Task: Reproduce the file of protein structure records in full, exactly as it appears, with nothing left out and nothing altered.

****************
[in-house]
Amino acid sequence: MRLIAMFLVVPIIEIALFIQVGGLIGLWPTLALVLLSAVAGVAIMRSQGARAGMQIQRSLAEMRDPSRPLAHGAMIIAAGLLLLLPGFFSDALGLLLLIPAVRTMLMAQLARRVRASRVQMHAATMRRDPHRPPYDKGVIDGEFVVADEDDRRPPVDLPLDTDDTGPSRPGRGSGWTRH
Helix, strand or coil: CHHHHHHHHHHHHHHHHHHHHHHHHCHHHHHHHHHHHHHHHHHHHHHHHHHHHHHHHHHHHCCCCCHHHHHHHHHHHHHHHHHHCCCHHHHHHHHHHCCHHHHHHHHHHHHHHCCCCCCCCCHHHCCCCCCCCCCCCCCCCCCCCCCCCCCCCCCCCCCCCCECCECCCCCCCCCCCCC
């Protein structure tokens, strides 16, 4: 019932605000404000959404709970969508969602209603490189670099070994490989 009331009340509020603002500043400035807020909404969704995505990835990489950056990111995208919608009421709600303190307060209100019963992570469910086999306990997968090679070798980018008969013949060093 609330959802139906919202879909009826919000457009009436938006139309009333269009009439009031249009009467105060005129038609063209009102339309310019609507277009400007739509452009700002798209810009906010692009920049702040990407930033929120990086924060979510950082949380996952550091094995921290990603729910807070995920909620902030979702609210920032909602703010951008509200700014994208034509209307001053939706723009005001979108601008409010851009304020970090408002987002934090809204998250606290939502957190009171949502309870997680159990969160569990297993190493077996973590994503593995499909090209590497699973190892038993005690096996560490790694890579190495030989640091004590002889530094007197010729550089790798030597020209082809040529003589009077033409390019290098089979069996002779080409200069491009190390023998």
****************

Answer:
[in-house]
Amino acid sequence: MRLIAMFLVVPIIEIALFIQVGGLIGLWPTLALVLLSAVAGVAIMRSQGARAGMQIQRSLAEMRDPSRPLAHGAMIIAAGLLLLLPGFFSDALGLLLLIPAVRTMLMAQLARRVRASRVQMHAATMRRDPHRPPYDKGVIDGEFVVADEDDRRPPVDLPLDTDDTGPSRPGRGSGWTRH
Helix, strand or coil: CHHHHHHHHHHHHHHHHHHHHHHHHCHHHHHHHHHHHHHHHHHHHHHHHHHHHHHHHHHHHCCCCCHHHHHHHHHHHHHHHHHHCCCHHHHHHHHHHCCHHHHHHHHHHHHHHCCCCCCCCCHHHCCCCCCCCCCCCCCCCCCCCCCCCCCCCCCCCCCCCCECCECCCCCCCCCCCCC
């Protein structure tokens, strides 16, 4: 019932605000404000959404709970969508969602209603490189670099070994490989 009331009340509020603002500043400035807020909404969704995505990835990489950056990111995208919608009421709600303190307060209100019963992570469910086999306990997968090679070798980018008969013949060093 609330959802139906919202879909009826919000457009009436938006139309009333269009009439009031249009009467105060005129038609063209009102339309310019609507277009400007739509452009700002798209810009906010692009920049702040990407930033929120990086924060979510950082949380996952550091094995921290990603729910807070995920909620902030979702609210920032909602703010951008509200700014994208034509209307001053939706723009005001979108601008409010851009304020970090408002987002934090809204998250606290939502957190009171949502309870997680159990969160569990297993190493077996973590994503593995499909090209590497699973190892038993005690096996560490790694890579190495030989640091004590002889530094007197010729550089790798030597020209082809040529003589009077033409390019290098089979069996002779080409200069491009190390023998």